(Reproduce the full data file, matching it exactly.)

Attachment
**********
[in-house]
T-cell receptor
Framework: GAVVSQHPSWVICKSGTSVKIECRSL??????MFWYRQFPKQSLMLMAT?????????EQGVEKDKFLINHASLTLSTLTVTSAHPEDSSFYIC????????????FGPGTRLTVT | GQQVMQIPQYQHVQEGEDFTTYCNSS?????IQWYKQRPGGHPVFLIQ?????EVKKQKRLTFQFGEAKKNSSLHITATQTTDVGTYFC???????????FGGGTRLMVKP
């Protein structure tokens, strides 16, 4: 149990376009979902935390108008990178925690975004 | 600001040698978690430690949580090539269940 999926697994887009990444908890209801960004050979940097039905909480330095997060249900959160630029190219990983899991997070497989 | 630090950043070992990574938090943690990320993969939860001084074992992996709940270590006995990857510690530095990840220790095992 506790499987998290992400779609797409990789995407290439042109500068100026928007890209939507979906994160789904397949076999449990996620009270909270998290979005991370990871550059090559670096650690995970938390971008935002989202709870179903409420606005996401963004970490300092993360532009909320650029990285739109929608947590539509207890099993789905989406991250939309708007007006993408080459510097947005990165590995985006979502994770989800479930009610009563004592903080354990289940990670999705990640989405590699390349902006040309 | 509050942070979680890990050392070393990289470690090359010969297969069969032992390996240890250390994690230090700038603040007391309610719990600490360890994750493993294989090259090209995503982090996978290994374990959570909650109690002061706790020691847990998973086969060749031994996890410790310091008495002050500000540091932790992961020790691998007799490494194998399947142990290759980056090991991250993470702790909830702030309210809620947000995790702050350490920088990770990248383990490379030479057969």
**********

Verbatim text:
[in-house]
T-cell receptor
Framework: GAVVSQHPSWVICKSGTSVKIECRSL??????MFWYRQFPKQSLMLMAT?????????EQGVEKDKFLINHASLTLSTLTVTSAHPEDSSFYIC????????????FGPGTRLTVT | GQQVMQIPQYQHVQEGEDFTTYCNSS?????IQWYKQRPGGHPVFLIQ?????EVKKQKRLTFQFGEAKKNSSLHITATQTTDVGTYFC???????????FGGGTRLMVKP
């Protein structure tokens, strides 16, 4: 149990376009979902935390108008990178925690975004 | 600001040698978690430690949580090539269940 999926697994887009990444908890209801960004050979940097039905909480330095997060249900959160630029190219990983899991997070497989 | 630090950043070992990574938090943690990320993969939860001084074992992996709940270590006995990857510690530095990840220790095992 506790499987998290992400779609797409990789995407290439042109500068100026928007890209939507979906994160789904397949076999449990996620009270909270998290979005991370990871550059090559670096650690995970938390971008935002989202709870179903409420606005996401963004970490300092993360532009909320650029990285739109929608947590539509207890099993789905989406991250939309708007007006993408080459510097947005990165590995985006979502994770989800479930009610009563004592903080354990289940990670999705990640989405590699390349902006040309 | 509050942070979680890990050392070393990289470690090359010969297969069969032992390996240890250390994690230090700038603040007391309610719990600490360890994750493993294989090259090209995503982090996978290994374990959570909650109690002061706790020691847990998973086969060749031994996890410790310091008495002050500000540091932790992961020790691998007799490494194998399947142990290759980056090991991250993470702790909830702030309210809620947000995790702050350490920088990770990248383990490379030479057969």